Ohio House delays speaker vote
COLUMBUS (AP) — House Republicans in Ohio again brought their decision on former House Speaker Cliff Rosenberger’s successor to a halt, calling off a scheduled vote that’s needed before any more laws can be made.
The official reason for canceling Tuesday’s vote on a speaker was too few lawmakers could attend.
However, there also were rumblings that the impasse that kept Republicans from selecting a speaker last week hadn’t been resolved.
Beyond that, Democrats challenged Tuesday’s session as improper, and raised the possibility that all the bills passed under a speaker selected in violation of the rules could be jeopardized.
State Rep. David Leland, a Columbus Democrat, said the date was added to the House calendar by the chamber’s acting leader, President Pro Tem Kirk Schuring, while House rules say only the speaker has that power.
Schuring’s spokesman, Brad Miller, dismissed that argument.
“Throughout the course of (Monday) afternoon, it became apparent that members would not be able to attend (Tuesday’s) session,” he said in an email. “Therefore, the decision was made to move the vote to elect a speaker to the following, previously scheduled session day,” which is today.
Filling the void left by Rosenberger’s unusual mid-session resignation in April has been a rocky process. The Clarksville Republican resigned amid FBI questioning surrounding his international travel and lavish lifestyle, saying he had broken no laws but knew the process would take time and be a distraction.
Members of the Republican caucus he formerly led met last week to select a person to fill Rosenberger’s role through the end of the year — but they couldn’t come to an agreement. None of the three candidates vying to fill Rosenberger’s unexpired term could secure the 50 votes needed, despite hours of negotiations.
In a letter Monday, a lineup of high-powered business groups urged Schuring and the Republican leadership to get on with it.
“We implore members of the House Republican caucus to set aside differences and preferences and focus on the needs of our great state,” wrote the leaders of the National Federation of Independent Business-Ohio, the Ohio Chamber of Commerce, the Ohio Business Roundtable, the Ohio Manufacturers’ Association, the Ohio Farm Bureau and the Ohio Council of Retail Merchants.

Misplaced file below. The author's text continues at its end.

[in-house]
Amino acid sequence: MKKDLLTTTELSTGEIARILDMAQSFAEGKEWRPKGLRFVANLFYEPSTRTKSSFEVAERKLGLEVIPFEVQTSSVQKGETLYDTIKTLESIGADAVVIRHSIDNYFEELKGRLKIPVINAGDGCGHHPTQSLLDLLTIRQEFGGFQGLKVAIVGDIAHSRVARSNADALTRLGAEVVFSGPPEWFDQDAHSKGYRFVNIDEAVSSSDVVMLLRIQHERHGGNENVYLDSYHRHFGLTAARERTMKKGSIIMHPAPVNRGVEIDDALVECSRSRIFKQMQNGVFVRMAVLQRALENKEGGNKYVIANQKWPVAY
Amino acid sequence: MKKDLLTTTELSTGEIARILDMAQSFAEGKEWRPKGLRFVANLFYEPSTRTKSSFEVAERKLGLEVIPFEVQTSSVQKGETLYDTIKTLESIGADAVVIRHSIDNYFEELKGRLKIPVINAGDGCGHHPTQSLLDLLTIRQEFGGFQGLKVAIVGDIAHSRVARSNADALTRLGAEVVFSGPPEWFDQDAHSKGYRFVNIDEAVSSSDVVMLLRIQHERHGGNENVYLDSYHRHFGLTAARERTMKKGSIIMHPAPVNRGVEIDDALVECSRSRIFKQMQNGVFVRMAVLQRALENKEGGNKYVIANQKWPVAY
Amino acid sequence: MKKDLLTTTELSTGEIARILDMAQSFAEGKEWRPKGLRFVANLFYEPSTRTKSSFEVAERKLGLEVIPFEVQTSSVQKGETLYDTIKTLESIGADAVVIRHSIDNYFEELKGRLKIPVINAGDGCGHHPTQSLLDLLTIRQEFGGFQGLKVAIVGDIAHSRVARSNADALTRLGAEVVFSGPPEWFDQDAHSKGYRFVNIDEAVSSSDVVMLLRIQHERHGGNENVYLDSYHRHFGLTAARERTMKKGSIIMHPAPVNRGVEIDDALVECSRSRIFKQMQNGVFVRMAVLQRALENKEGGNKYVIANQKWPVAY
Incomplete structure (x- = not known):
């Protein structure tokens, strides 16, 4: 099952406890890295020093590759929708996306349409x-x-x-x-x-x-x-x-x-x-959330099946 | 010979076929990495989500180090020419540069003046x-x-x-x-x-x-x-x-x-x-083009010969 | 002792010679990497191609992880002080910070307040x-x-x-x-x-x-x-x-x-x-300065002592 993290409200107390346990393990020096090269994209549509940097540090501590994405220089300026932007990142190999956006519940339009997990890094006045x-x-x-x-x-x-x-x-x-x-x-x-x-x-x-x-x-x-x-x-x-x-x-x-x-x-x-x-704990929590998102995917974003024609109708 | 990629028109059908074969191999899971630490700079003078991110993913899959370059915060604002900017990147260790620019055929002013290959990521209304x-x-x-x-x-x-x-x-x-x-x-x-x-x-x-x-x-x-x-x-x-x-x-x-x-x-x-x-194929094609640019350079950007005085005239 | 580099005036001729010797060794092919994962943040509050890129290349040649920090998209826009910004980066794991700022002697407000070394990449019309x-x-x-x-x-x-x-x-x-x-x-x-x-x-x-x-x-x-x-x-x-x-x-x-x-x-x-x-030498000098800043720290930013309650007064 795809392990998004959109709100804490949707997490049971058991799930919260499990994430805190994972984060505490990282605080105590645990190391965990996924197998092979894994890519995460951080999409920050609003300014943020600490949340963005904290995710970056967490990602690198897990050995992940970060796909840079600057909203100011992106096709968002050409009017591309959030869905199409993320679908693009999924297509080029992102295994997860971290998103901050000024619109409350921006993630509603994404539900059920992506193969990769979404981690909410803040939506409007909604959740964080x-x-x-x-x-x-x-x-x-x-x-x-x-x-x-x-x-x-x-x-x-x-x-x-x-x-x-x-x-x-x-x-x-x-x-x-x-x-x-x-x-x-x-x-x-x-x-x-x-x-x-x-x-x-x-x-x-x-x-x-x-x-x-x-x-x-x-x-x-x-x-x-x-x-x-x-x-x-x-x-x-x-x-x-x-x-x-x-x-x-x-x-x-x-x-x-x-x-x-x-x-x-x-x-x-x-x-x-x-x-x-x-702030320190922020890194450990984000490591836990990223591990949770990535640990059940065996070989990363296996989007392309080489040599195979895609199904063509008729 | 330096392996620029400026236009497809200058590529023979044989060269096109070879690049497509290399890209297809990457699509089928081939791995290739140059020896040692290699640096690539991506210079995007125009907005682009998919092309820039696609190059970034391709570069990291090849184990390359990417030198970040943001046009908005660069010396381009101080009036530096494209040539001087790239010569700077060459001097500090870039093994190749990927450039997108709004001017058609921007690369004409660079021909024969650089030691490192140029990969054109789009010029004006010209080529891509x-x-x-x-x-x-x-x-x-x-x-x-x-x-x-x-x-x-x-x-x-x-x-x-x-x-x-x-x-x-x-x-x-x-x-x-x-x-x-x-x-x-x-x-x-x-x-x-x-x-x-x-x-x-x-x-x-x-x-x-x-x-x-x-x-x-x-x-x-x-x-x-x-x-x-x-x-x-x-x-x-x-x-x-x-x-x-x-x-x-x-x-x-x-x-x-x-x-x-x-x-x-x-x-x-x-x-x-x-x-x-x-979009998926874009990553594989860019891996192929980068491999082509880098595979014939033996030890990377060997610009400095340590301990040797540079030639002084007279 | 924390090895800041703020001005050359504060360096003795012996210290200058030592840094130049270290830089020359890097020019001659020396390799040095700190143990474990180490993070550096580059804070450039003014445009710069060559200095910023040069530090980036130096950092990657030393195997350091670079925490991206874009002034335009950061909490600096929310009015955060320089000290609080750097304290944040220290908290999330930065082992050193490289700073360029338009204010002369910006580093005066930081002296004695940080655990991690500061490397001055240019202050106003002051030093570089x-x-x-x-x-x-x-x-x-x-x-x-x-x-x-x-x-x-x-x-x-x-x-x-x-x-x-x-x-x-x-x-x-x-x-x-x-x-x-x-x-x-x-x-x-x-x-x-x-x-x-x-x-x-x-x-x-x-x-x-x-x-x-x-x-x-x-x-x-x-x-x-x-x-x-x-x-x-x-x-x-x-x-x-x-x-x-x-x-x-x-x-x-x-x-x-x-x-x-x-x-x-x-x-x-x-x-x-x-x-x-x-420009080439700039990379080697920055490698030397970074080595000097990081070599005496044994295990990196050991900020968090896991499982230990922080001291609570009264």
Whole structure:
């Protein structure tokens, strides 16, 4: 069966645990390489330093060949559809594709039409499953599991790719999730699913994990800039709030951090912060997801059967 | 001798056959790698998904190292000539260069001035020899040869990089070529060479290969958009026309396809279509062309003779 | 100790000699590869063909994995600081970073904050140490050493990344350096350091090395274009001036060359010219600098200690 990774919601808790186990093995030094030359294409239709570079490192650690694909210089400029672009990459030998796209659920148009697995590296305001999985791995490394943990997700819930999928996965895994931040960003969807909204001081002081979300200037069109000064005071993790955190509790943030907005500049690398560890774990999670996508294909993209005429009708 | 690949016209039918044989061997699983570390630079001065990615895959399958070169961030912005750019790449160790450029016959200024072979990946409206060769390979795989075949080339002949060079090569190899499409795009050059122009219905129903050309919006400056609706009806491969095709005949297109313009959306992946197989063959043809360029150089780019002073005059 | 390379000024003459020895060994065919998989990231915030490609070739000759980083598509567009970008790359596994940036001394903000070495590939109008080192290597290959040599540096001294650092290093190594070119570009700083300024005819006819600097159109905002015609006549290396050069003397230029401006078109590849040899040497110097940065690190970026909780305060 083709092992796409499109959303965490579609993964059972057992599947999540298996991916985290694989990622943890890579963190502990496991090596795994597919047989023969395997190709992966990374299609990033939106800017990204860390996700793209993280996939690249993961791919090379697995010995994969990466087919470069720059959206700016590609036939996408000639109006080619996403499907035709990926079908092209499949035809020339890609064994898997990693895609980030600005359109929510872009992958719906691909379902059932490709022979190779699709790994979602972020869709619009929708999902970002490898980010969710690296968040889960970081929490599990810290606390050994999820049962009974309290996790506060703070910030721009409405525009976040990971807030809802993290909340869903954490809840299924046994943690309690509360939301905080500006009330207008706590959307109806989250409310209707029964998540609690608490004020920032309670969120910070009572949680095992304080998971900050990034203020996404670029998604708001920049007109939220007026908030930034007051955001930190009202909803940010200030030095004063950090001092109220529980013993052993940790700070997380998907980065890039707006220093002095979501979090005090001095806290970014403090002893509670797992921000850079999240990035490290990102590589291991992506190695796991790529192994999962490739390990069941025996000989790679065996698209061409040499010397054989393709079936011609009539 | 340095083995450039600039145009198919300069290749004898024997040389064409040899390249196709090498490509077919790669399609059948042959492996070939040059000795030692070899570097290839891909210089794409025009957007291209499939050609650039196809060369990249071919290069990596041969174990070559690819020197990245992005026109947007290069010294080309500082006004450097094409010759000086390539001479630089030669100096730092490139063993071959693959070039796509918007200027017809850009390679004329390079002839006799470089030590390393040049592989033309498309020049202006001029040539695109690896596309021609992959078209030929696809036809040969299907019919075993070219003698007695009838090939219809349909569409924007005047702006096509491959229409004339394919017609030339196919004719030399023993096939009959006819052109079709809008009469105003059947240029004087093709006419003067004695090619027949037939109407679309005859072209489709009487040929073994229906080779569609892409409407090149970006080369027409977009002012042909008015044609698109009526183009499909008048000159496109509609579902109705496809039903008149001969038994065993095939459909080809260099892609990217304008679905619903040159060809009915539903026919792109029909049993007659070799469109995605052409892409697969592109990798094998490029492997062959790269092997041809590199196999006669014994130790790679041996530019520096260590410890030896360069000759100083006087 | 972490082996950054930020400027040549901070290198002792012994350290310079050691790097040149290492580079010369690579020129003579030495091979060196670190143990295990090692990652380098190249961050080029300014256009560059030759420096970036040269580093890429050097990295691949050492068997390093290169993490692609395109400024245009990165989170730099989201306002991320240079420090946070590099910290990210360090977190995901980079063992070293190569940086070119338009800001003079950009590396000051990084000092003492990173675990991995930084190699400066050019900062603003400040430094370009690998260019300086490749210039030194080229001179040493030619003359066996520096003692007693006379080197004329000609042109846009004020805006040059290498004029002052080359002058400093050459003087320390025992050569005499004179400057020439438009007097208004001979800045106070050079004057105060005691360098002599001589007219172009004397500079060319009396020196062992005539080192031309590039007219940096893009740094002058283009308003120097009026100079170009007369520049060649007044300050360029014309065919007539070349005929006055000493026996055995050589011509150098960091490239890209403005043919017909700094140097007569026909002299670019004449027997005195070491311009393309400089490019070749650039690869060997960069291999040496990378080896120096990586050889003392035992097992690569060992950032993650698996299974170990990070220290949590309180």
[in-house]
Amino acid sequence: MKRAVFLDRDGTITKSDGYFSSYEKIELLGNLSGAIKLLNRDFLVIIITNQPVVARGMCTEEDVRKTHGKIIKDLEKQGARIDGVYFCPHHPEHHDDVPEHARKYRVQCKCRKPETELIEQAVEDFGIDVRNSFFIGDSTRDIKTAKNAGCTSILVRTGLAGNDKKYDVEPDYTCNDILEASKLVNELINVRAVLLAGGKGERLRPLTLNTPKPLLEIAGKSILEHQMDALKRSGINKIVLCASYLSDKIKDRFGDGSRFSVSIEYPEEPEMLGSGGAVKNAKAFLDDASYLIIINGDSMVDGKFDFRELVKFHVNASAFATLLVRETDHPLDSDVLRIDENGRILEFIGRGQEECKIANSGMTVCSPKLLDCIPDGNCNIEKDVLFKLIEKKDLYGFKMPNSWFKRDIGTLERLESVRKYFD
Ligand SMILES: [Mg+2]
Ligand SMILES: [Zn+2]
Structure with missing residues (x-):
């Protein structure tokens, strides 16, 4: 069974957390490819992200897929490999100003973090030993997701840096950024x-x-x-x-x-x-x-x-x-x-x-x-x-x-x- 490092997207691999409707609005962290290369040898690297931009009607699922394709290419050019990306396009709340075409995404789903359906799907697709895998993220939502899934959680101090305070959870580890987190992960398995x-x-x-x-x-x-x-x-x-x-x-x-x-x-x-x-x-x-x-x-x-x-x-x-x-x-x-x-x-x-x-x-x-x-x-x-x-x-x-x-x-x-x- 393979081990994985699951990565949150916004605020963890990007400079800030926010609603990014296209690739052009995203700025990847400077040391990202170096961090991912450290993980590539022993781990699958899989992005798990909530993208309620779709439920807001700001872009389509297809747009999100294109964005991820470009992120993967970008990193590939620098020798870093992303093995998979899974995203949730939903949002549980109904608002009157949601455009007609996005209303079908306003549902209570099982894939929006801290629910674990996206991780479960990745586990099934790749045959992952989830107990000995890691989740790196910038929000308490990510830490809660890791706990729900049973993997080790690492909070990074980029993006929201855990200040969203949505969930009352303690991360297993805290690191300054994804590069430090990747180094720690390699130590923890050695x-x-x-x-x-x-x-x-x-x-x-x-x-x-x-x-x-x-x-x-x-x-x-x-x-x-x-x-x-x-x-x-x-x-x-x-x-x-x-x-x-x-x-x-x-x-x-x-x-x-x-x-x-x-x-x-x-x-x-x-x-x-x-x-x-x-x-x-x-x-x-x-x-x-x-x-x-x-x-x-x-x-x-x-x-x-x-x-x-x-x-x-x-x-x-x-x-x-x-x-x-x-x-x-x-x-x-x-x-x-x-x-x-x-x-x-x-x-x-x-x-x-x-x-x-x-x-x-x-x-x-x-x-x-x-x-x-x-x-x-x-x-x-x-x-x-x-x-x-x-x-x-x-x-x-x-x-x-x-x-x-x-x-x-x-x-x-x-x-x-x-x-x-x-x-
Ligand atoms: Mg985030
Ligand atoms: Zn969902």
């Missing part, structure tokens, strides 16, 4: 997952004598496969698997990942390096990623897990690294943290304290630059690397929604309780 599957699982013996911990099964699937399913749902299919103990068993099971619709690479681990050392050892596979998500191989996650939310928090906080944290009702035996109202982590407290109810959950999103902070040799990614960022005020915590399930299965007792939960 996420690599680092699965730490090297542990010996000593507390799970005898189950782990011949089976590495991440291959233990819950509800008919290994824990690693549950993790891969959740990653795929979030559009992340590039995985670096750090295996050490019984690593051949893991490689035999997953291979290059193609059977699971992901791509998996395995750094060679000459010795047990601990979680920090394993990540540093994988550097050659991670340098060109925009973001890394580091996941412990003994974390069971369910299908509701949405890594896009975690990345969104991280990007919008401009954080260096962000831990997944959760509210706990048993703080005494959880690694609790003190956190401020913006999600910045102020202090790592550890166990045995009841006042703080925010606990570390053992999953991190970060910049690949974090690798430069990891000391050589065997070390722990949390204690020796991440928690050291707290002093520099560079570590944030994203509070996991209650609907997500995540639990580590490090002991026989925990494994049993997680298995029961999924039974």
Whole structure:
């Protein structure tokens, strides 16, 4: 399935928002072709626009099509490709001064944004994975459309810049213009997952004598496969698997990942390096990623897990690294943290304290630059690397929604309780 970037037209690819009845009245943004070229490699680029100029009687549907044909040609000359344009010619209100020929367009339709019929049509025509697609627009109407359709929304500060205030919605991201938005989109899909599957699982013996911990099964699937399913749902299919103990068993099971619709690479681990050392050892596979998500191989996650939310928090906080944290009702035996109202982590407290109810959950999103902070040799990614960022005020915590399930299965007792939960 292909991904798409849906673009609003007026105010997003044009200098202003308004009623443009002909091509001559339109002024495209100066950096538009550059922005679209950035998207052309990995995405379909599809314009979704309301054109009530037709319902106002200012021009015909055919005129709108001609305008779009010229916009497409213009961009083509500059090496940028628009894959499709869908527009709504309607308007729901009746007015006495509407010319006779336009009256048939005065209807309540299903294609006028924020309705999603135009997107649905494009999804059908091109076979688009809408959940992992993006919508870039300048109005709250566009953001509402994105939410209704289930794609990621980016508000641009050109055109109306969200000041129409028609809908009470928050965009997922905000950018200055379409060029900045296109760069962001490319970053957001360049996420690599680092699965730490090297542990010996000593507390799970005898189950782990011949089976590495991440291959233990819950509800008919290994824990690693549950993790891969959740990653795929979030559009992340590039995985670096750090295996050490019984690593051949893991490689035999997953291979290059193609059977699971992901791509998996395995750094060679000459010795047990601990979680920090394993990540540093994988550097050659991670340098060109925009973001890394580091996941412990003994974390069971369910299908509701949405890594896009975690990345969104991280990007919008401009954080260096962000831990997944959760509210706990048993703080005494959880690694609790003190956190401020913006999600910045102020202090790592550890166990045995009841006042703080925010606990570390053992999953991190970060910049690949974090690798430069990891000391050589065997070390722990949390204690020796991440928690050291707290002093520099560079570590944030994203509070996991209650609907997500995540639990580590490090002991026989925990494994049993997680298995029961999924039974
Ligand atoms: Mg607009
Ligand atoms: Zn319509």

They said “a capable and principled leader” is needed to negotiate successful passage of bills on regulatory reform, workforce education and development, tax issues, additional tort measures, and “meaningful” unemployment compensation reform.
Miller had said Monday that Republican state Rep. Ryan Smith, chair of the powerful Finance Committee, had the necessary support, which was why Tuesday’s session was called. He noted a speaker election “must occur before any legislation is voted on by the chamber.”
Smith, of Gallia, was vying for the interim speakership, which lasts through year’s end, along with Rep. Dorothy Pelanda, of Marysville, and state Rep. Andy Thompson, of Marietta.
Both rival lawmakers pitched themselves as neutral placeholders who could restore normalcy and integrity to the chamber after Rosenberger’s resignation and a string of bad headlines related to sexual misconduct by members put a cloud over the House. Smith, who was Rosenberger’s hand-picked successor, had the most votes, but not enough, Schuring said then.
Smith’s ascension to the speakership now could position him handily in a brewing speaker fight for the full two-year session beginning in January against state Rep. Larry Householder, who formerly led the chamber. Householder helped elect nearly a dozen candidates in this month’s primary elections who are expected to support him when the next speaker vote comes in January.
Householder did not seek the interim post.